After his last-minute winner against Rennes in the Champions League, Chelsea’s Olivier Giroud deserves an ode befitting his often dismissed quality.
Stoppage time has just begun. Rennes, sensing Blue blood, has poured down the pitch. Clement Grenier nonchalantly knocks a ball back for his center half, already motioning for the last gasp galumph upfield. But he’s found Hakim Ziyech instead, who, after a poised piece of possession, finds Timo Werner, once again in open space, once again with just the keeper to beat.
But, once again, Werner cannot steady himself, cannot ready himself, cannot convert. Alfred Gomis in the Rennes goal blocks it with ease, then gets up for the expectant retrieval of the ball that should see his side through to a hard-fought point. There’s just one thing. He, like Frank Lampard before him, has forgotten Olivier Giroud.
At this point, we should all take a moment to think back on times we too have dismissed, ignored, belittled or flat-out forgotten this French forward. You may have done it recently, you may have done it so long ago you don’t exactly remember, you may have done it so many times you’ve actually realized the error of your ways and gone to the opposite end of the scale, but we have all done it at one point or another. It’s part and parcel of footballing fandom at this stage.
But it doesn’t have to be. Because, if you look clearly, Giroud has regularly reminded us of his presence, his evident quality, time and again throughout his career. He’s done it 44 times for France, 105 times for Arsenal and 30 times for Chelsea. And those are just the blatant, net-busting times, when we’re hit right in the face with one of his goal-bound efforts, triggering this same long-lost recollection that this is a player that matters.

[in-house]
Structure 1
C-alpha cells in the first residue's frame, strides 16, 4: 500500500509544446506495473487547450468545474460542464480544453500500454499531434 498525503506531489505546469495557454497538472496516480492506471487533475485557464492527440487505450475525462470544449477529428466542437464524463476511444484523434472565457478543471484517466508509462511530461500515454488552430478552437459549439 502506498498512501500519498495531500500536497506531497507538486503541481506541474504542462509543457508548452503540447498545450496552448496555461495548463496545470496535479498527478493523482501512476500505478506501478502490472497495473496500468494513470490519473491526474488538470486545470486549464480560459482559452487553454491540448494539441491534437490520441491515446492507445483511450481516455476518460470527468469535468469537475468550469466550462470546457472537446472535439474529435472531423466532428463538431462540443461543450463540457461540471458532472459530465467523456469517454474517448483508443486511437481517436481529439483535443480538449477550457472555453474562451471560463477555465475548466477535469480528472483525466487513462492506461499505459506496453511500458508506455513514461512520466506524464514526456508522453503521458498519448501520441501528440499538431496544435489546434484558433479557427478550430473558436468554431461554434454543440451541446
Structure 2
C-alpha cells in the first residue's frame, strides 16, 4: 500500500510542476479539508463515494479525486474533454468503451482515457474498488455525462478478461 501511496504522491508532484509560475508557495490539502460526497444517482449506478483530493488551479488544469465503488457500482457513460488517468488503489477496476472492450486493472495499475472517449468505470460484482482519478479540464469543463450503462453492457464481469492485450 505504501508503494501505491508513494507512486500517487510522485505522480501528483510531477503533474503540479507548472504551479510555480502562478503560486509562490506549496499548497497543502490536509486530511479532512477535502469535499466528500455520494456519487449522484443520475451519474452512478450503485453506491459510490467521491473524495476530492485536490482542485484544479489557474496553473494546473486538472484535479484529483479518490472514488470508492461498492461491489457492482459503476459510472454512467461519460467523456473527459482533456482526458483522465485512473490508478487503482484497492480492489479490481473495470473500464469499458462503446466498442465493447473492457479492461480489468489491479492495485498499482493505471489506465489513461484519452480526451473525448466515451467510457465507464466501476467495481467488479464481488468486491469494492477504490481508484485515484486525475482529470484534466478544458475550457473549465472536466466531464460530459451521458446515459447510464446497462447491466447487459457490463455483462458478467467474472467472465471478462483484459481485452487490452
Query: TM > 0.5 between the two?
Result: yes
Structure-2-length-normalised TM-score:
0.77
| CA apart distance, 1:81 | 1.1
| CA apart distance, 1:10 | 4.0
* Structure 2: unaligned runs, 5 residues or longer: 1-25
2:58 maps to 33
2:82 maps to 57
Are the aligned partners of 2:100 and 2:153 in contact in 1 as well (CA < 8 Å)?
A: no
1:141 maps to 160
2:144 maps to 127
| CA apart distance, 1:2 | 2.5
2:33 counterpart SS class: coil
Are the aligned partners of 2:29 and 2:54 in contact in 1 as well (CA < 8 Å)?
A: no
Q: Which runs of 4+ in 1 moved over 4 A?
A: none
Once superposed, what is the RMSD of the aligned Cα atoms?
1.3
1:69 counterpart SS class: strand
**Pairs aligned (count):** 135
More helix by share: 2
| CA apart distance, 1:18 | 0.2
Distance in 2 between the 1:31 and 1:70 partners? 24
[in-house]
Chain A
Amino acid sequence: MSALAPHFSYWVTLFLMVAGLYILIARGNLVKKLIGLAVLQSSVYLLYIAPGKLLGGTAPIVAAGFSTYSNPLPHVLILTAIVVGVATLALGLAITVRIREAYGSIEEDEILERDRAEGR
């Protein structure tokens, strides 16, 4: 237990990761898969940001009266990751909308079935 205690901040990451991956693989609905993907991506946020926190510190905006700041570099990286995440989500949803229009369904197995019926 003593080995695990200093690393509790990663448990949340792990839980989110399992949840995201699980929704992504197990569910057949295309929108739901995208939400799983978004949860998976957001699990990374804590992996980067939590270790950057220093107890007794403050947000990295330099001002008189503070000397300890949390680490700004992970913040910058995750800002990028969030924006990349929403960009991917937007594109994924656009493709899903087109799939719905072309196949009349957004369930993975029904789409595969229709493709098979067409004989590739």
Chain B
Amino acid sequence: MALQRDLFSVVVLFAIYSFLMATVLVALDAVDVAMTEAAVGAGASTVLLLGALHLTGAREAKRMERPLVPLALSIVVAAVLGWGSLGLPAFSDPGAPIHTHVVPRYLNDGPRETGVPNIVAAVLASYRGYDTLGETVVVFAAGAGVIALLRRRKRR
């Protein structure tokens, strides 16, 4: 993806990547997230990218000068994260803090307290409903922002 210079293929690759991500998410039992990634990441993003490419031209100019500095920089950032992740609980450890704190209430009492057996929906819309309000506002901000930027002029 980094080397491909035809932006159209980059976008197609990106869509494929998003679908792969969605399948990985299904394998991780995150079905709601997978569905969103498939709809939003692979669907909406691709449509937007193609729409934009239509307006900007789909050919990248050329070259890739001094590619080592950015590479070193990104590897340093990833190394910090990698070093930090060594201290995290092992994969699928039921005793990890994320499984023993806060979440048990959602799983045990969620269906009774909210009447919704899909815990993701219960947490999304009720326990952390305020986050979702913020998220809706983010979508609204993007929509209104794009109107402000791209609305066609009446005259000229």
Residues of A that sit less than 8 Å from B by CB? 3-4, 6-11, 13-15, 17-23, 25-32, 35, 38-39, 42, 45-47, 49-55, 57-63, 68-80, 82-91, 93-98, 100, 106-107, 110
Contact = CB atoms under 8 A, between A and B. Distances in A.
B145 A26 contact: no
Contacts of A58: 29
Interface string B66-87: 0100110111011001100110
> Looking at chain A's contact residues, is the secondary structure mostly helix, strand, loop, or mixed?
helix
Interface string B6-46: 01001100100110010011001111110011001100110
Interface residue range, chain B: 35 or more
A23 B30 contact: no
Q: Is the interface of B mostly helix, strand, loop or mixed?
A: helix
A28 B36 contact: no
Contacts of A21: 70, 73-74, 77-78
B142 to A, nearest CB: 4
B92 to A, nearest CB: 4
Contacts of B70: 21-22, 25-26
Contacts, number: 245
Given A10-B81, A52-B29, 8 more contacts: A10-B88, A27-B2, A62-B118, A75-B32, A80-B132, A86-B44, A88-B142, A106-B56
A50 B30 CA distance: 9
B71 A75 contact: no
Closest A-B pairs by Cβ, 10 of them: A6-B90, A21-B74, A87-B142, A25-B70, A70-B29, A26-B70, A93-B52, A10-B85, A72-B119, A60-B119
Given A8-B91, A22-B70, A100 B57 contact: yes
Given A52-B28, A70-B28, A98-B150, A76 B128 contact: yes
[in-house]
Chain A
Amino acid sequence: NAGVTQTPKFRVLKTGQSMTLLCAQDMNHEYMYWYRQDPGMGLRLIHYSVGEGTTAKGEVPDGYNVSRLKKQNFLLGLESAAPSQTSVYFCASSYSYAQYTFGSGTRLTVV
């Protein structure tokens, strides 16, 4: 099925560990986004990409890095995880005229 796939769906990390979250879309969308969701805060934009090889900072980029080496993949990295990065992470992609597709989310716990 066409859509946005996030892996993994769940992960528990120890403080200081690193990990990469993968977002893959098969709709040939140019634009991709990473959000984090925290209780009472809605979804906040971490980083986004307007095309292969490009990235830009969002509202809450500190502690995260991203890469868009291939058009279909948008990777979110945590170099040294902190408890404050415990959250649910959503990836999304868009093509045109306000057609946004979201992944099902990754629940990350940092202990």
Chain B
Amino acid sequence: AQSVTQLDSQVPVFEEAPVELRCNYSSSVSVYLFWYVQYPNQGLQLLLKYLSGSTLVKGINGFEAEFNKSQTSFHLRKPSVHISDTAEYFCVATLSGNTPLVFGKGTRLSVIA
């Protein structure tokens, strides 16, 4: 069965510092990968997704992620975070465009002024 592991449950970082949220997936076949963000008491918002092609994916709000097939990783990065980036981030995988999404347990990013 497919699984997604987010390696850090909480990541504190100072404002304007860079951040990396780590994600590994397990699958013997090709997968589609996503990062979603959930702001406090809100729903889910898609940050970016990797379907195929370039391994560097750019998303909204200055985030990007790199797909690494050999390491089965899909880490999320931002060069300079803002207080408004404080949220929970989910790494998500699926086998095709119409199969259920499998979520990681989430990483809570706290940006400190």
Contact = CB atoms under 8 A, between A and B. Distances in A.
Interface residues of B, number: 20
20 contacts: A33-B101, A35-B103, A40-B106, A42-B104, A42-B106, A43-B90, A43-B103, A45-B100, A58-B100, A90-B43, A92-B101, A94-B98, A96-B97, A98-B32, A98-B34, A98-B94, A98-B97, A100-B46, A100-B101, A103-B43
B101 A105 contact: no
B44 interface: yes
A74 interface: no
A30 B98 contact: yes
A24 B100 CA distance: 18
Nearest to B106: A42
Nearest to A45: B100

This is not to say that he matters more than, say, Timo Werner or Tammy Abraham. To believe in that would be to distrust the sands of time. But Tuesday night proved that, at the right time, he can matter just as much. His herculean header in the 91st minute was a testament to that fact.
Werner is a young striker, with perhaps even twice the talent and potential, but half the battle-hardened experience. His running may be resilient, but his finishing is not. Not yet. Whether this is due to the overworked legs that come from playing at least 75 minutes in all six games he’s played so far this month or a hangover from the six-goal drubbing that occurred in the most memorable of those six is unclear. But the solution seems apparent to everyone except the man that counts.
And part of the solution involves the man of the hour. The man who, cometh the most recent hour and a half, was there when it mattered and able to first beat four men to a dropping ball and then direct it past all of them into the net.
A man who, with his Jules Rimet replacement still gleaming, may be a distant memory soon enough, but was still able to school his own replacement in the art of staying calm, rising highest and delivering on the biggest stages. Because that’s what good strikers do. And Olivier Giroud is certainly that.